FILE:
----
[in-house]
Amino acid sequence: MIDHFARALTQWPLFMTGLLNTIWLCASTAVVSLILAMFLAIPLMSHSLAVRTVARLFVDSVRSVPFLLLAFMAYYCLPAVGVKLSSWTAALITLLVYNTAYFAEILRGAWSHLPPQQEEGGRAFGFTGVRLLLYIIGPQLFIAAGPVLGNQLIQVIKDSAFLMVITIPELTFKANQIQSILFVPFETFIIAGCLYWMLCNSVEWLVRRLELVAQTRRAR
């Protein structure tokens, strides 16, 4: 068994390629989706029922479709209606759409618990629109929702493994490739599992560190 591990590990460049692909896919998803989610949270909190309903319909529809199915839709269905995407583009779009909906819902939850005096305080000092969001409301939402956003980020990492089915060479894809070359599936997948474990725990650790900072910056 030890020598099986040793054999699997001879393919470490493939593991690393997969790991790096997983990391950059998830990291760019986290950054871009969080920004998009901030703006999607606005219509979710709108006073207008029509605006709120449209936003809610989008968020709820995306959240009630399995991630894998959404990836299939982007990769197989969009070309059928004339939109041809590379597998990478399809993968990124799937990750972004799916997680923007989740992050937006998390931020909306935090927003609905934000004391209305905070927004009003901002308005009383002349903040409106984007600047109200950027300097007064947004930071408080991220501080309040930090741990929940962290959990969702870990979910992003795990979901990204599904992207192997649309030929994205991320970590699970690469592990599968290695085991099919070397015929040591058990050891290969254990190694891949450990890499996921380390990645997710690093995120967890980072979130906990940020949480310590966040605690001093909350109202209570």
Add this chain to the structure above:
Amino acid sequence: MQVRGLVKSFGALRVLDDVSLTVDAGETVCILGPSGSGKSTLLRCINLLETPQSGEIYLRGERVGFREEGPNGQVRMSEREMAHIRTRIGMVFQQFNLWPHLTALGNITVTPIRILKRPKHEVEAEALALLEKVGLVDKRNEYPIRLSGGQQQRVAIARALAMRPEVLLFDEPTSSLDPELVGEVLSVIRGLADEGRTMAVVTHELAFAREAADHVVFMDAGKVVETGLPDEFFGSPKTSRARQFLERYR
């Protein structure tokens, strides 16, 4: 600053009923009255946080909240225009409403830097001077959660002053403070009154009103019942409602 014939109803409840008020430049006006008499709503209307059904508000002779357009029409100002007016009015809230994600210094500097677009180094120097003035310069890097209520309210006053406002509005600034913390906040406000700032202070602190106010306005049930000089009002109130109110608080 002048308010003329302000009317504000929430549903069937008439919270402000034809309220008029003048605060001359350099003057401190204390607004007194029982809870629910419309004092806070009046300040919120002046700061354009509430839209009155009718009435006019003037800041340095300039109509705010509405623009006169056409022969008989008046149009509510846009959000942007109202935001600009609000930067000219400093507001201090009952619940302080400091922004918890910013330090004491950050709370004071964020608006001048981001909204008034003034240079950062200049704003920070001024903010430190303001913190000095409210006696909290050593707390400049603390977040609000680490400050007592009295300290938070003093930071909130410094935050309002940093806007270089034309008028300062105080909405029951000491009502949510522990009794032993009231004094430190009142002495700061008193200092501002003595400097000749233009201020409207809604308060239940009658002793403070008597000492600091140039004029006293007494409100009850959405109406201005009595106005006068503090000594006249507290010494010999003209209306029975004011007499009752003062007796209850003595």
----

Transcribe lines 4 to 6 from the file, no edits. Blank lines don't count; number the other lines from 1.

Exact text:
Add this chain to the structure above:
Amino acid sequence: MQVRGLVKSFGALRVLDDVSLTVDAGETVCILGPSGSGKSTLLRCINLLETPQSGEIYLRGERVGFREEGPNGQVRMSEREMAHIRTRIGMVFQQFNLWPHLTALGNITVTPIRILKRPKHEVEAEALALLEKVGLVDKRNEYPIRLSGGQQQRVAIARALAMRPEVLLFDEPTSSLDPELVGEVLSVIRGLADEGRTMAVVTHELAFAREAADHVVFMDAGKVVETGLPDEFFGSPKTSRARQFLERYR
């Protein structure tokens, strides 16, 4: 600053009923009255946080909240225009409403830097001077959660002053403070009154009103019942409602 014939109803409840008020430049006006008499709503209307059904508000002779357009029409100002007016009015809230994600210094500097677009180094120097003035310069890097209520309210006053406002509005600034913390906040406000700032202070602190106010306005049930000089009002109130109110608080 002048308010003329302000009317504000929430549903069937008439919270402000034809309220008029003048605060001359350099003057401190204390607004007194029982809870629910419309004092806070009046300040919120002046700061354009509430839209009155009718009435006019003037800041340095300039109509705010509405623009006169056409022969008989008046149009509510846009959000942007109202935001600009609000930067000219400093507001201090009952619940302080400091922004918890910013330090004491950050709370004071964020608006001048981001909204008034003034240079950062200049704003920070001024903010430190303001913190000095409210006696909290050593707390400049603390977040609000680490400050007592009295300290938070003093930071909130410094935050309002940093806007270089034309008028300062105080909405029951000491009502949510522990009794032993009231004094430190009142002495700061008193200092501002003595400097000749233009201020409207809604308060239940009658002793403070008597000492600091140039004029006293007494409100009850959405109406201005009595106005006068503090000594006249507290010494010999003209209306029975004011007499009752003062007796209850003595």